MARIETTA, Ga. - Sitting in a wheelchair in full military dress holding an American flag, the only surviving Tuskegee Airman nurse humbly celebrated her 100th birthday on Thursday.
Born May 28, 1920, in New York, Second Lieutenant Irma “Pete” Cameron (Dryden) was destined to serve her country. The only child of a Jamaican dental technician and a teacher, she graduated from the Harlem Hospital School of Nursing's class of 1942.
A year later, she stepped off a train at the Tuskegee Army Air Field. While she was there, she fell in love with one of the airmen, Charles Dryden, and the two were married on November 16, 1943, participating in the first military wedding at Tuskegee.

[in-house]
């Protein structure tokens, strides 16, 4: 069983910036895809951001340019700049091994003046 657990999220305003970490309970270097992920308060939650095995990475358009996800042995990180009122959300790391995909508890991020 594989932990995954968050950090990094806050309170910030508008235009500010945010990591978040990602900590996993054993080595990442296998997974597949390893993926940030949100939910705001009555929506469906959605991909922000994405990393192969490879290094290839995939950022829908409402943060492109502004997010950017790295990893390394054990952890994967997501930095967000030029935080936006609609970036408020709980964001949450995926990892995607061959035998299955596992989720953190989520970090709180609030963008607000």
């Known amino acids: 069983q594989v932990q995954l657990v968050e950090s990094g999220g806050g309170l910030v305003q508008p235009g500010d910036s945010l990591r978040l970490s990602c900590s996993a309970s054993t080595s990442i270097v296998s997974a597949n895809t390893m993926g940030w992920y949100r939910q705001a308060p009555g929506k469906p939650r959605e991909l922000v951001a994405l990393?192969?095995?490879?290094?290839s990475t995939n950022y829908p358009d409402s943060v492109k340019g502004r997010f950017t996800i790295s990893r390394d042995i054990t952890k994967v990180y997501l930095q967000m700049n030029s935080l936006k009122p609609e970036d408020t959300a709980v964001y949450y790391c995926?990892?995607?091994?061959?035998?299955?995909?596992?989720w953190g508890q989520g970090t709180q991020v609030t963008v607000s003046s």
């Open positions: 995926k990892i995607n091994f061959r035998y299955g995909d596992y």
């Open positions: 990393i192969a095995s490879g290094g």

Her courtship and marriage were chronicled by Tom Brokaw in his book “An Album of Memories: Personal Histories from the Greatest Generation. And even though their marriage ended in divorce, Charles Dryden wrote of their relationship in his book “The A-Train: Story of a Tuskegee Airman.”
In 1944, she left the service and eventually settled in Georgia.
Second Lieutenant Irma “Pete” Cameron (Dryden), the last remaining Tuskegee Airman nurse, celebrated her 100th birthday in Marietta on May 28, 2020. (FOX 5)
Thursday, family and friends gathered for a lawn party at her Marietta home to mark the occasion. Despite the coronavirus pandemic forcing social distancing on those in attendance, there were still plenty of signs, balloons, flowers, music, a parade, and American flags, the symbol of the country she served. Most of this, the new centenarian was forced to view from the safety of her living room window.